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Chippenham building firm boss Wayne Murfet unsure who submitted building completion documents for ‘unsafe’ Newmarket flats, court told

A building firm boss who is accused of selling incomplete and ‘unsafe’ flats has told a court he was not aware building certificates he allegedly forged had been issued for the homes.

The trial of Wayne Murfet, director of Lors Homes and Murfet (Burrough Green) Ltd, is under way at Colchester Magistrates’ Court.

Murfet, 41, of Rosewood Stud, Chippenham, is accused of 14 counts of fraud plus two counts of making or making or supplying articles for use in fraud, having denied all charges.

Murfet is appearing before Colchester Magistrates’ Court. Picture: Google
Murfet is appearing before Colchester Magistrates’ Court. Picture: Google

This related to 36 false certificates of completion for use in conveyance of flats at 146-148 High Street, Newmarket, plus another for The Paddocks, Brinkley Road, Burrough Green, said to have been issued by West Suffolk Council on August 31, 2018.

These were said to have been issued following legitimate documents for 10 other flats, marking them as safe for human habitation.

Giving evidence today, the father-of-three said he was not handed the certificates himself, nor was he notified that they had been submitted, having discovered them after checking his company’s system.

He told the court that he assumed they were handed to his firm physically by West Suffolk Council’s building control department before being scanned in.

Murfet was quizzed on whether he undertook an investigation once he discovered them.

He said questions were posed to staff, but the person who received the documents and who put them into the system were unidentified.

Murfet admitted under oath there was no security on the computers, which meant anyone could have accessed the system. There was also no CCTV on site, he said.

Concerns over fire safety at the Newmarket development have been raised during the trial.

Murfet was asked if he was surprised to see certificates issued due to these ongoing concerns.

He said: “I wasn't surprised, I was the one to highlight any fire issues with building control due to Grenfell.

“I believe we were complying with all fire regulations, working hard with Rob [from West Suffolk Council’s building control].”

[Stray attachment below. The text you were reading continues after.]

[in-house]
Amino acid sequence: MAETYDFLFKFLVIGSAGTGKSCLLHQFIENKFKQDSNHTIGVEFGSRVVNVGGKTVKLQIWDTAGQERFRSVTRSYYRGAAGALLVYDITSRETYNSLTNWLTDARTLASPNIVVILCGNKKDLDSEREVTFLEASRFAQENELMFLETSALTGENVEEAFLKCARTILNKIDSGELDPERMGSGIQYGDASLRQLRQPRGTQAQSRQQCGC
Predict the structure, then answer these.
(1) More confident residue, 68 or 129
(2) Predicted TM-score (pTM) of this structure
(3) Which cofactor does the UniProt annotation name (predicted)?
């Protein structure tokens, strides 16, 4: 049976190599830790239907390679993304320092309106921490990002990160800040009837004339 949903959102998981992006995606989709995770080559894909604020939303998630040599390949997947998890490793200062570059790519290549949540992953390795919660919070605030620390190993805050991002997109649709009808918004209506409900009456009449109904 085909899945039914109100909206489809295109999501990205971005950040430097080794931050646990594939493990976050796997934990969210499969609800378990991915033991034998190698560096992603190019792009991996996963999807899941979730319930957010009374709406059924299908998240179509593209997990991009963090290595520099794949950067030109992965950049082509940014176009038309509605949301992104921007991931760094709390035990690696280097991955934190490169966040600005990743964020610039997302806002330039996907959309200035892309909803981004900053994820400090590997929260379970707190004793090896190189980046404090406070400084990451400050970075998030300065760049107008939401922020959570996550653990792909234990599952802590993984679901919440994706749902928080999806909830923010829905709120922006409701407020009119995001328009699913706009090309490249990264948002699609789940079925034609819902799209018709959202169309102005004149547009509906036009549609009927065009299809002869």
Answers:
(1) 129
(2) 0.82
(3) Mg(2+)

Murfet said the Newmarket development was the brainchild of his father, best known as Ricky, who died in December 2017.

The pair founded Lors Home in 2012 and were co-directors.

Murfet told the court he and his father sought to buy the building, the former De Niro’s nightclub, when it went on the market in 2014.

The entire project was made possible through bank funding, with Lors Homes borrowing money, the court was told.

Planning permission for the site was granted in 2015 and work began in 2016, Murfet said.

He said he worked closely with Robert Fysh, from West Suffolk Council’s building control department.

Murfet told the court he had assumed that Mr Fysh was the one to submit the certificates.

It was during a meeting on September 23, relating to a complaint from Robyn Phillips, a resident of flat 25 following a water leak, where Murfet told Mr Fysh he thought he had signed the building off.

Judge Emma Nash quizzed Murfet, asking how he knew the certificates were submitted by Mr Fysh.

He said: “They must have come from him.

“I said to him: ‘you issued them, Rob.”

When asked how Mr Fysh responded, Murfet said: “He didn’t say anything except that we needed to get the building sold.”

He clarified that he felt it was either Mr Fysh or someone else from West Suffolk Council.

Murfet told the court that issues with fire safety, including compartmentalisation and fire stoppage, had been laid out in the planning documents.

Andrew Copeland, prosecuting, argued that Murfet himself forged the building completion documents to allow him to sell the flats.

Last week, Mr Copeland said Murfet ‘cut corners and put lives at risk for profit’ when he sold off the flats.

The prosecution’s case can be read here.

Regarding the 16 charges, Murfet and Lors Homes Ltd previously denied fraud by failing to disclose to the purchasers of six flats that building works had not been certified as complete by the building control department at West Suffolk Council.

Murfet also denied providing a false certificate of completion of building works, intending it would be relied upon during the conveyancing of a house at The Paddocks, Brinkley Road, Burrough Green, Newmarket.

Murfet, alongside Murfet (Burrough Green) Ltd, denied failing to disclose to the purchaser of a plot at Brinkley Road, Burrough Green, Newmarket, that building works at the property had not been certified as complete by the building control department of East Cambridgeshire District Council.

The trial continues.